|Publication number||US6048809 A|
|Application number||US 08/868,312|
|Publication date||Apr 11, 2000|
|Filing date||Jun 3, 1997|
|Priority date||Jun 3, 1997|
|Also published as||EP0986460A1, WO1998055291A1|
|Publication number||08868312, 868312, US 6048809 A, US 6048809A, US-A-6048809, US6048809 A, US6048809A|
|Inventors||Mark J. Brow, Philip L. Guthrie|
|Original Assignee||Lear Automotive Dearborn, Inc.|
|Export Citation||BiBTeX, EndNote, RefMan|
|Patent Citations (24), Referenced by (49), Classifications (28), Legal Events (11)|
|External Links: USPTO, USPTO Assignment, Espacenet|
This invention relates to a vehicle headliner, which has at least two layers formed from distinct types of polyester fibers.
Vehicle headliners are utilized to provide sound absorption, and a desirable appearance in a vehicle cab. A headliner must provide a relatively rigid, lightweight component which has good sound absorption characteristics. Typically, a headliner is formed of several layers of different materials. Fiberglass is utilized in most headliners to provide strength and sound absorption. However, fiberglass is somewhat undesirable in that it is often uncomfortable to handle.
It would be desirable to create a headliner material which may be easily recycled. Typically, headliners utilize many different materials formed into layers which are bonded together. Scraps are cut away from the material to leave the final headliner shape. The scrap material is difficult to recycle as it includes many different materials. It would be desirable to form a headliner generally of a single type of material.
It has been proposed to form polyester fibers into a layer and use the layer as a headliner. The proposed material would include distinct types of polyester fibers mixed together in which a majority of the fibers are formed to have a binder sheath. A smaller percentage of the fibers are formed without the binder. The binder and non-binder fibers are mixed into a web, and the web is heated. The sheath binder melts to provide an adhesive to secure the binder and non-binder fibers. The proposed material did not utilize a polyester-based binder, and thus would not be fully recyclable.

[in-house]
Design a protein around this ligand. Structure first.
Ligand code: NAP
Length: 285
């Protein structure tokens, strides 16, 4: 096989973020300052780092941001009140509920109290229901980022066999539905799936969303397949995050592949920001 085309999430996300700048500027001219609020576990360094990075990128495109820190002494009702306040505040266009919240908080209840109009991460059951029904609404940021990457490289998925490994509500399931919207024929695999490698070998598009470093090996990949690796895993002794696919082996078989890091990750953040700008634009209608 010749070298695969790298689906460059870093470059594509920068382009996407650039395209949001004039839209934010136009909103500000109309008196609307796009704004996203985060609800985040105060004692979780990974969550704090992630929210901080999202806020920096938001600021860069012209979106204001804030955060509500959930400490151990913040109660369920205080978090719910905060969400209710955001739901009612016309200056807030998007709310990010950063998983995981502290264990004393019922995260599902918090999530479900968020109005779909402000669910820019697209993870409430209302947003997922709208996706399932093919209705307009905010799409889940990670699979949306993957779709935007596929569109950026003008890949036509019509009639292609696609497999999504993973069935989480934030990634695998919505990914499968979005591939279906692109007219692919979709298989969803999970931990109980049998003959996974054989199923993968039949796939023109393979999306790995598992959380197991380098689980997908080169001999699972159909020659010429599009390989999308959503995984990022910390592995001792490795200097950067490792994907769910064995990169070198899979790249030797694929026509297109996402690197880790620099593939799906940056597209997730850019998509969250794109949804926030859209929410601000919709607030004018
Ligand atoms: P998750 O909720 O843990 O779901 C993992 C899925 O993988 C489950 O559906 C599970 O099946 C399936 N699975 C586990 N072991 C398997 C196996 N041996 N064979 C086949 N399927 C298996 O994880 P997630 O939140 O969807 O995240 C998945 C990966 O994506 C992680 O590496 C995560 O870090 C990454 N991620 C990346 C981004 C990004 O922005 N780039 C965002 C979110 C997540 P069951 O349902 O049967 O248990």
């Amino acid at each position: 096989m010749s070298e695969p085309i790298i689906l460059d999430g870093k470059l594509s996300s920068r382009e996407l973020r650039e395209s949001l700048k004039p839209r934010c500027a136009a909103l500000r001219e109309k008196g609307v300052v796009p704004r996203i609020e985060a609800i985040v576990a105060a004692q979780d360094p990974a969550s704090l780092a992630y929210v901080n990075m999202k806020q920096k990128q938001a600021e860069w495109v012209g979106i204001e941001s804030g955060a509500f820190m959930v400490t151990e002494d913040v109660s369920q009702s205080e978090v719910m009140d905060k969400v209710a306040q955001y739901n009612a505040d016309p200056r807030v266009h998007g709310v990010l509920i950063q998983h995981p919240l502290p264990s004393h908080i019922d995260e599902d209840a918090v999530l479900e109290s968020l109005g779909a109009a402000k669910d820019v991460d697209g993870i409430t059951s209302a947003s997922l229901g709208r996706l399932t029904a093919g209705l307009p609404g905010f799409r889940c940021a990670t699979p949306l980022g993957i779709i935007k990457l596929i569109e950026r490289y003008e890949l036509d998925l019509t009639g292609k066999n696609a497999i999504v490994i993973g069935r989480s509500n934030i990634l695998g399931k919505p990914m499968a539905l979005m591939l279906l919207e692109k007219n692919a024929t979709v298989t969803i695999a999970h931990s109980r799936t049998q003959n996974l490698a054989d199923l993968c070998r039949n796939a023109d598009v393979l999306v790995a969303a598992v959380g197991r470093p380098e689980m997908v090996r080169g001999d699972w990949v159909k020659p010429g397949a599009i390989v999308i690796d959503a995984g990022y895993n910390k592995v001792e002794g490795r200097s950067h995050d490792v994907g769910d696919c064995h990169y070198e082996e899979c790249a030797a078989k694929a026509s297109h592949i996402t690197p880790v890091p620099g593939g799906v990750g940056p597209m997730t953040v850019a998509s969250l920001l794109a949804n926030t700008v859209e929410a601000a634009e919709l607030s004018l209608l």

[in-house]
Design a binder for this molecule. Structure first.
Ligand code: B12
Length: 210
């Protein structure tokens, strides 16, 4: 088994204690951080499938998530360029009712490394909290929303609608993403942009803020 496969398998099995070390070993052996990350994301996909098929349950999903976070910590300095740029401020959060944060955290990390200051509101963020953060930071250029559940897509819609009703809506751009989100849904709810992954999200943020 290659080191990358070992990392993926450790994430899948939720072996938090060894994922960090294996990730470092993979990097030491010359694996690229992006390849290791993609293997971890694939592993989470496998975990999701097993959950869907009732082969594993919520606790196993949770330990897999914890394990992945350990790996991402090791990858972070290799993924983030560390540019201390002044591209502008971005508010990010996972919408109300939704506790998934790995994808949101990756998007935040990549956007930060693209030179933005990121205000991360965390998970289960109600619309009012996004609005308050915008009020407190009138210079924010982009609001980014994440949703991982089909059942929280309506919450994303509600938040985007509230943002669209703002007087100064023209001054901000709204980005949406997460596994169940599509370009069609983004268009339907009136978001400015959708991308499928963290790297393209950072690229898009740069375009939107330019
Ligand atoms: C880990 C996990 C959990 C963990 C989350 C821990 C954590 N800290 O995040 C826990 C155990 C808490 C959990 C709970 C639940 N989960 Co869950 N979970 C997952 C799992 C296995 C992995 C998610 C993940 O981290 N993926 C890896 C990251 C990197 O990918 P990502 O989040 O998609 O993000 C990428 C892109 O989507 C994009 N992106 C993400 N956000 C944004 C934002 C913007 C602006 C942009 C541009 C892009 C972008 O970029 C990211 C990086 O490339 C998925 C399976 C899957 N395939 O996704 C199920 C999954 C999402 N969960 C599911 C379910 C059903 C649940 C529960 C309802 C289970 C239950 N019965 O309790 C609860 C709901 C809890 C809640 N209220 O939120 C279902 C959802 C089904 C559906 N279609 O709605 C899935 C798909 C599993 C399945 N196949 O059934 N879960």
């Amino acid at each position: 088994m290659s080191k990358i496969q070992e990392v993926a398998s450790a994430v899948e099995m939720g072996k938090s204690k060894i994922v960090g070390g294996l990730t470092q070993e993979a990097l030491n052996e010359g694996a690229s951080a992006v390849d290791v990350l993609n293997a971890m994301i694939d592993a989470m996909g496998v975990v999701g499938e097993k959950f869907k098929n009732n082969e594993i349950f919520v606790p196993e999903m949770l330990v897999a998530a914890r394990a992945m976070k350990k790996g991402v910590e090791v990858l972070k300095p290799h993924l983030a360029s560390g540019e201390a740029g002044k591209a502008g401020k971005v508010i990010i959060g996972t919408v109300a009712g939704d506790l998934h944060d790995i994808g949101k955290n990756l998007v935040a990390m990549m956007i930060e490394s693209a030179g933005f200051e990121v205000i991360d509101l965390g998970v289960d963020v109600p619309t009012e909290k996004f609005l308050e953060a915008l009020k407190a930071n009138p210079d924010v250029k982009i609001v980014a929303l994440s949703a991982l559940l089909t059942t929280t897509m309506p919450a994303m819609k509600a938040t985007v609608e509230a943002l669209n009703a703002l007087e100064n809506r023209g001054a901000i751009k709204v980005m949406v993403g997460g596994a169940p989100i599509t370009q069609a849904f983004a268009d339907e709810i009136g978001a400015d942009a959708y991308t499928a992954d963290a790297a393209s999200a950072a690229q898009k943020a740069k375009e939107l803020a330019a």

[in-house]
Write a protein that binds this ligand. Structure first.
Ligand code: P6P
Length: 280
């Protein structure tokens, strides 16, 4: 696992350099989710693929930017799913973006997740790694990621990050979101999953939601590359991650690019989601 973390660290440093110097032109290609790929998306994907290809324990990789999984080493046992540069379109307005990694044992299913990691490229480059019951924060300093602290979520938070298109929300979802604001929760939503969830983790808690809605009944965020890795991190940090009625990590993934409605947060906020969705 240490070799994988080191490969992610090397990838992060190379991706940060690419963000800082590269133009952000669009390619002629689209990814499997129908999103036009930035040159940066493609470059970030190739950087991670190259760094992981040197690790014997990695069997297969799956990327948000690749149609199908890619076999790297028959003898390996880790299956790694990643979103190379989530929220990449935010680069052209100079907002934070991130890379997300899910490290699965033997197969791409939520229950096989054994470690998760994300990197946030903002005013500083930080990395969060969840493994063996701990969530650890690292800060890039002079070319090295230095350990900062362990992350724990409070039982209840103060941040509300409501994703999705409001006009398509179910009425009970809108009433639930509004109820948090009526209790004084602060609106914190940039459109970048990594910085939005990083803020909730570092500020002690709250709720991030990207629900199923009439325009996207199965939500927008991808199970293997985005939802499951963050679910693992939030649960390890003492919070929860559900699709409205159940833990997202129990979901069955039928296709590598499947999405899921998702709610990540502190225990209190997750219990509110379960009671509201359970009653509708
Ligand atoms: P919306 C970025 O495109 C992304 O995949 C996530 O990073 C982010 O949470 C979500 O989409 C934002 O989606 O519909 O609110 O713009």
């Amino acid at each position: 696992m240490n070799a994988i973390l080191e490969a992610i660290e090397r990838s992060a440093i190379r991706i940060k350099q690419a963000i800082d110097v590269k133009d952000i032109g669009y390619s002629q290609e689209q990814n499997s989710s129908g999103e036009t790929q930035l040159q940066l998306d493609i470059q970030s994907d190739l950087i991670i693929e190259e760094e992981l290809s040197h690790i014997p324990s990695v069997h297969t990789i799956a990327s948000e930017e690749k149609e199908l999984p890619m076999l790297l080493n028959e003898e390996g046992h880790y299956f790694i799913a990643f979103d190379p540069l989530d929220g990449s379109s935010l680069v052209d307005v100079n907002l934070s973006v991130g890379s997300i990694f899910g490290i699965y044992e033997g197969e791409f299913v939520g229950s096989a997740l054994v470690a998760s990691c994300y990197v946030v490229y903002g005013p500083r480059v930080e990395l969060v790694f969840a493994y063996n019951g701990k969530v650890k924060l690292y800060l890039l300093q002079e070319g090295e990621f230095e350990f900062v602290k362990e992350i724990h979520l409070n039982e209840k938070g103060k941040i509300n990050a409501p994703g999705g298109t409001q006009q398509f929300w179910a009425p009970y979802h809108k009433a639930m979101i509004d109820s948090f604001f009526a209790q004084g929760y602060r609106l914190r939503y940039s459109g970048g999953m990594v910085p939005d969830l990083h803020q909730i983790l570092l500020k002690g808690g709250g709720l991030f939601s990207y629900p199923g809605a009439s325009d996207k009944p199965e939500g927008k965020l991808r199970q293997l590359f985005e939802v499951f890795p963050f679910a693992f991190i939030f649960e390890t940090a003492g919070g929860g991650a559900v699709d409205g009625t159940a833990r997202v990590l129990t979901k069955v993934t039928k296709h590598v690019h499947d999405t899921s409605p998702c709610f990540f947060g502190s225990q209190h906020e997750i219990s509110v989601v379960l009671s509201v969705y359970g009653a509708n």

In addition, the proposed material included only a single layer of polyester, and one optional decorative layer. Such a material would have some undesirable characteristics when used as a headliner.
In disclosed embodiments of this invention, a material for use as a headliner incorporates at least two distinct layers which are secured together. The layers are each made from polyester fibers including binder and non-binder fibers. Preferably, the binder fibers are formed with a sheath of a polyester-based melt adhesive. One of the layers is provided with a minority of its fibers being binder fibers and the majority being non-binder fibers. Preferably, the percentage of binder fibers is between 20% and 30%, and most preferably, 25%. Throughout this application, percentages are the percentage by weight of a particular type fiber in its layer.
The second layer is also provided by binder and non-binder polyester fibers, the binder fibers preferably formed by a polyester-based adhesive sheath. In the second layer there is a greater percentage of binder fibers than in the first layer. Preferably, the binder fibers comprise 40% to 60%, and most preferably, 50%. The second layer having the greater percentage of binder fibers provides rigidity to the overall material. The second layer is also self-supporting to provide a structured base and is resistant to deformation at temperature extremes. The first layer, having a lesser percentage of binder fibers, provides good sound absorption and loft characteristics.
In embodiments of this invention, the two layers are secured together by an adhesive layer, which is preferably a polyester adhesive. Alternatively, the two layers may be secured together by needling. Needling is a known method wherein needles punch through two layers to force fibers from the two to intermix and secure the two layers together.
In embodiments of this invention, a polyester-based decorative layer is positioned at an outer face of the headliner material. In other embodiments, a pair of the second material relatively rigid layers surrounds a layer of the first material with the small percentage of binder fibers. The decorative layer is positioned outwardly of one of the second material layers.